11. Falótico T, Ottoni EB (2014) Sexual bias in probe tool manufacture and use by wild bearded capuchin monkeys. Behav Process 108:117–122.  https://doi.org/10.1016/j.beproc.2014.09.036 CrossRefGoogle Scholar
  12. Falótico T, Ottoni EB (2016) The manifold use of pounding stone tools by wild capuchin monkeys of Serra da Capivara National Park, Brazil. Behaviour 153:421–442.  https://doi.org/10.1163/1568539X-00003357 CrossRefGoogle Scholar
  13. Falótico T, Siqueira JO, Ottoni EB (2017a) Digging up food: excavation stone tool use by wild capuchin monkeys. Sci Rep 7:6278.  https://doi.org/10.1038/s41598-017-06541-0 CrossRefPubMedPubMedCentralGoogle Scholar
  14. Falótico T, Spagnoletti N, Haslam M et al (2017b) Analysis of sea almond (Terminalia catappa) cracking sites used by wild Burmese long-tailed macaques (Macaca fascicularis aurea). Am J Primatol 79:e22629.  https://doi.org/10.1002/ajp.22629 CrossRefGoogle Scholar
  15. Ferraz EMN, Rodal MJN, Sampaio EVSB (2003) Physiognomy and structure of vegetation along an altitudinal gradient in the semi-arid region of northeastern Brazil. Phytocoenologia 33:71–92.  https://doi.org/10.1127/0340-269X/2003/0033-0071 CrossRefGoogle Scholar
  16. Ferreira RG, Emidio RA, Jerusalinsky L (2010) Three stones for three seeds: natural occurrence of selective tool use by capuchins (Cebus libidinosus) based on an analysis of the weight of stones found at nutting sites. Am J Primatol 72:270–275.  https://doi.org/10.1002/ajp.20771 CrossRefPubMedGoogle Scholar
  17. Fragaszy DM, Izar P, Visalberghi E et al (2004) Wild capuchin monkeys (Cebus libidinosus) use anvils and stone pounding tools. Am J Primatol 64:359–366.  https://doi.org/10.1002/ajp.20085 CrossRefPubMedGoogle Scholar
  18. Gregorin R, Carmignotto AP, Percequillo AR (2008) Quirópteros do Parque Nacional da Serra das Confusões, Piauí, nordeste do Brasil. Chiroptera Neotropical 14:366–383Google Scholar
  19. Gumert MD, Malaivijitnond S (2013) Long-tailed macaques select mass of stone tools according to food type. Phil Trans R Soc B 368:20120413.  https://doi.org/10.1098/rstb.2012.0413 CrossRefPubMedGoogle Scholar
  20. Gumert MD, Kluck M, Malaivijitnond S (2009) The physical characteristics and usage patterns of stone axe and pounding hammers used by long-tailed macaques in the Andaman Sea region of Thailand. Am J Primatol 71:594–608.  https://doi.org/10.1002/ajp.20694 CrossRefPubMedGoogle Scholar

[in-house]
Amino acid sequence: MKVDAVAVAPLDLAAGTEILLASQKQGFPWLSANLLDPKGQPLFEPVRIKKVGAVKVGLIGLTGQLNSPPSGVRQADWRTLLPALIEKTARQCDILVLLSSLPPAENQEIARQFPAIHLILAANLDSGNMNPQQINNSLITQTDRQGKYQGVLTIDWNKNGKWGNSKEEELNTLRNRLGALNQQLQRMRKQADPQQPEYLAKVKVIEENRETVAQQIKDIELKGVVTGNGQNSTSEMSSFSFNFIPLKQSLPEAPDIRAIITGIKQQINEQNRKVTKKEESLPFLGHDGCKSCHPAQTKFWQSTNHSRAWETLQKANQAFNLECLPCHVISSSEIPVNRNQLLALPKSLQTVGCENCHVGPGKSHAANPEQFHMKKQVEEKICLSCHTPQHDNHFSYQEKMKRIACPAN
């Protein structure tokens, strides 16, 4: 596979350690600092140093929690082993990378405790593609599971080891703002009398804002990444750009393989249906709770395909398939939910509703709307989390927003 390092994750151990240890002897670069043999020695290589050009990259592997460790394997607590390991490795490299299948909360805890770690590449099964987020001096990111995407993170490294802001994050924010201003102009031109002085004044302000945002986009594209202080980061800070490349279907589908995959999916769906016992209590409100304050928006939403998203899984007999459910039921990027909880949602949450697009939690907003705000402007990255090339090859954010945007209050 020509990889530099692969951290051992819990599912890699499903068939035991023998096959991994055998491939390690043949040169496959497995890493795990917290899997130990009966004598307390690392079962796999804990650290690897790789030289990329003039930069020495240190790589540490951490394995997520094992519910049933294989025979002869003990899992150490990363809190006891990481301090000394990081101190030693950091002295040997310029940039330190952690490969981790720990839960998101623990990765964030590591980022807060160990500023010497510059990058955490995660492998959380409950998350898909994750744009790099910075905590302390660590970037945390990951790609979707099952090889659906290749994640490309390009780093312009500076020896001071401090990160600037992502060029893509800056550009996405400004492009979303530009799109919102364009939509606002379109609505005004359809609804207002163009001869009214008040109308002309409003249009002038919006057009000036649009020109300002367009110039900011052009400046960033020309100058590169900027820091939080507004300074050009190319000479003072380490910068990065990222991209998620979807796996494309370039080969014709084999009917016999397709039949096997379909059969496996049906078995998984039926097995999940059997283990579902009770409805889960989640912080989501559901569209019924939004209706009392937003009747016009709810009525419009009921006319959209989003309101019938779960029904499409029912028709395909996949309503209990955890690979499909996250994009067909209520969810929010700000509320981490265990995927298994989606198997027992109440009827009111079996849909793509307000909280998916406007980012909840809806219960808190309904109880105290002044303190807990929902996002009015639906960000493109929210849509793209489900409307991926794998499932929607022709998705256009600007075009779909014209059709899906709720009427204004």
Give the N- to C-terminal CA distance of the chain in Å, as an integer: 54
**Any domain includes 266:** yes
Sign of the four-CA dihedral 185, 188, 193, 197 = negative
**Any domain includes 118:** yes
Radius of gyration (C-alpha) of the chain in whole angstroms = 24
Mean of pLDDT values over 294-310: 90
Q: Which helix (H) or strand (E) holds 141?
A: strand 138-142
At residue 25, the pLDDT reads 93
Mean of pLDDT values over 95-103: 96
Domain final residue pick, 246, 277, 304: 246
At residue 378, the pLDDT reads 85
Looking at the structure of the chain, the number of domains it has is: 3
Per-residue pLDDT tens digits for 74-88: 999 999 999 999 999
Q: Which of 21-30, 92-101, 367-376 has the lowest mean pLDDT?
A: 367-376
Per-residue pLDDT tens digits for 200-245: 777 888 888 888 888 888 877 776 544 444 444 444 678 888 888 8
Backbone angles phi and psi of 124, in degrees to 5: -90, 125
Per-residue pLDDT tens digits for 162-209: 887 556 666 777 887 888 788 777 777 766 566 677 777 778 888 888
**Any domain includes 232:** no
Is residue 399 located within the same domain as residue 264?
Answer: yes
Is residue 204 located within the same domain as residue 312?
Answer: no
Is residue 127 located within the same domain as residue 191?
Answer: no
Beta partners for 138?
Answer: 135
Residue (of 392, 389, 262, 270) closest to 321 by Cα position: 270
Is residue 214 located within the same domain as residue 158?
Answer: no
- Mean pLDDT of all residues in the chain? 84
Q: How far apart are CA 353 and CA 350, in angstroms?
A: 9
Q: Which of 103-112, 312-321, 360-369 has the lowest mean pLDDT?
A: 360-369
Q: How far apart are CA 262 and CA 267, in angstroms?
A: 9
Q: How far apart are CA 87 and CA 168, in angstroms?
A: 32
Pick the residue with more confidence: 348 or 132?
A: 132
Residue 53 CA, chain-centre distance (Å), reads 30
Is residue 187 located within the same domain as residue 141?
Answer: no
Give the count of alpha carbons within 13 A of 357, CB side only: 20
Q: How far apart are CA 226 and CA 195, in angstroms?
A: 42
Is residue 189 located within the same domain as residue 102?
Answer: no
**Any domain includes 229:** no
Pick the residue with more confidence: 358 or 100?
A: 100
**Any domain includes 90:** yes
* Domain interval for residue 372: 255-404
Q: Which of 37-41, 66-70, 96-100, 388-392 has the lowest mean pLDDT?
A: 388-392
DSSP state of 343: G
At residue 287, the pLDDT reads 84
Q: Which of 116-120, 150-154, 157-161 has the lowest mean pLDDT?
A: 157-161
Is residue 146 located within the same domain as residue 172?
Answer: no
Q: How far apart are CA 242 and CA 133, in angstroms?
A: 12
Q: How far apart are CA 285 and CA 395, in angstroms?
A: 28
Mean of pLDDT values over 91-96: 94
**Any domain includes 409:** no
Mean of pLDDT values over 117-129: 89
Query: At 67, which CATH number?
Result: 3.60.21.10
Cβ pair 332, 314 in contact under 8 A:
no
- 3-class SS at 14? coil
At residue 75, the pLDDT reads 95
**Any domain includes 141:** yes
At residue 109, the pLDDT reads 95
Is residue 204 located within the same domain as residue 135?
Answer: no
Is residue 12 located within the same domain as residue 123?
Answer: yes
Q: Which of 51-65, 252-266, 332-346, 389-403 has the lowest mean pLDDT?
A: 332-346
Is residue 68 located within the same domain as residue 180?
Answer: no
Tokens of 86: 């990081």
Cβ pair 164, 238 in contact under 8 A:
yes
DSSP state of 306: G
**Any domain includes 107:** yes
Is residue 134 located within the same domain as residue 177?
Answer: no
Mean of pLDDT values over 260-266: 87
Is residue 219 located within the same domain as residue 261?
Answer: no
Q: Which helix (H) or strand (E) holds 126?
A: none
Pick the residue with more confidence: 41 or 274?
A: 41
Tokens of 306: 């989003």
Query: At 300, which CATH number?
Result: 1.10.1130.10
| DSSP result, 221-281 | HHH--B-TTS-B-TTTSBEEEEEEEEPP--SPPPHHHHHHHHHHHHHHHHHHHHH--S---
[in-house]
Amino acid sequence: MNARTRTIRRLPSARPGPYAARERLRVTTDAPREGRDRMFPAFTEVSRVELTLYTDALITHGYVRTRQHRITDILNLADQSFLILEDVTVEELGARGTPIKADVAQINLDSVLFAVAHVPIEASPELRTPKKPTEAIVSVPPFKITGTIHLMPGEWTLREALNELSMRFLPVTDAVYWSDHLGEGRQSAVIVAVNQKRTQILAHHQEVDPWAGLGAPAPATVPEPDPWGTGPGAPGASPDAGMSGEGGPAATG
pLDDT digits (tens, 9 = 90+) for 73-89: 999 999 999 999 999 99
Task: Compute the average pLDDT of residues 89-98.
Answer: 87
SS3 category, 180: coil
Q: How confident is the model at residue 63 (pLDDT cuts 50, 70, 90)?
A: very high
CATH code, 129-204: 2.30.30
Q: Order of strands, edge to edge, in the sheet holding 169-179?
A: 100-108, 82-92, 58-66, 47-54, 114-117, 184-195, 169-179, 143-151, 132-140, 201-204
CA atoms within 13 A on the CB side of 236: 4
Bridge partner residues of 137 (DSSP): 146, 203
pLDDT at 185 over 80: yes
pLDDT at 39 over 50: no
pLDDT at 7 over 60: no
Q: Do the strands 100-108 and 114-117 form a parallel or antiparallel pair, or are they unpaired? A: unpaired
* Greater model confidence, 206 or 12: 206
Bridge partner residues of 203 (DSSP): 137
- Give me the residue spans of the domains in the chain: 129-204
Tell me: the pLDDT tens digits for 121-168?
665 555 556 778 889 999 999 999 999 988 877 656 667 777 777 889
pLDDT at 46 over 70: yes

21. Haslam M, Luncz LV, Staff RA et al (2016) Pre-Columbian monkey tools. Curr Biol 26:R521–R522.  https://doi.org/10.1016/j.cub.2016.05.046 CrossRefPubMedGoogle Scholar
  22. IBAMA (2003) Plano de manejo do Parque Nacional da Serra das Confusões—PI. Instituto Brasileiro do Meio Ambiente e Recursos Naturais Renováveis - IBAMA. https://www.icmbio.gov.br/portal/images/stories/imgs-unidades-coservacao/parna_serra_das_confusoes.pdf
  23. Luncz LV, Falótico T, Pascual-Garrido A et al (2016) Wild capuchin monkeys adjust stone tools according to changing nut properties. Sci Rep 6:33089.  https://doi.org/10.1038/srep33089 CrossRefPubMedPubMedCentralGoogle Scholar
  24. Mannu M, Ottoni EB (2009) The enhanced tool-kit of two groups of wild bearded capuchin monkeys in the Caatinga: tool making, associative use, and secondary tools. Am J Primatol 71:242–251.  https://doi.org/10.1002/ajp.20642 CrossRefPubMedGoogle Scholar
  25. Mendes FDC, Cardoso RM, Ottoni EB et al (2015) Diversity of nutcracking tool sites used by Sapajus libidinosus in Brazilian Cerrado. Am J Primatol 77:535–546.  https://doi.org/10.1002/ajp.22373 CrossRefPubMedGoogle Scholar
  26. Oddi G, Batista W, Maiorano L et al (2017) Habitat use in capuchin monkeys (Sapajus spp.): a preliminary study in the Caatinga of Rio São Francisco Natural Monument (Bahia, Brazil). Folia Primatol 88:189–209.  https://doi.org/10.1159/000479129 CrossRefGoogle Scholar
  27. Olson DM, Dinerstein E, Wikramanayake ED et al (2001) Terrestrial ecoregions of the world: a new map of life on earth. Bioscience 51:933–938.  https://doi.org/10.1641/0006-3568(2001)051[0933:TEOTWA]2.0.CO;2 CrossRefGoogle Scholar
  28. Ottoni EB, Izar P (2008) Capuchin monkey tool use: overview and implications. Evol Anthropol 17:171–178.  https://doi.org/10.1002/evan.20185 CrossRefGoogle Scholar
  29. Ottoni EB, Mannu M (2001) Semifree-ranging tufted capuchins (Cebus apella) spontaneously use tools to crack open nuts. Int J Primatol 22:347–358.  https://doi.org/10.1023/A:1010747426841 CrossRefGoogle Scholar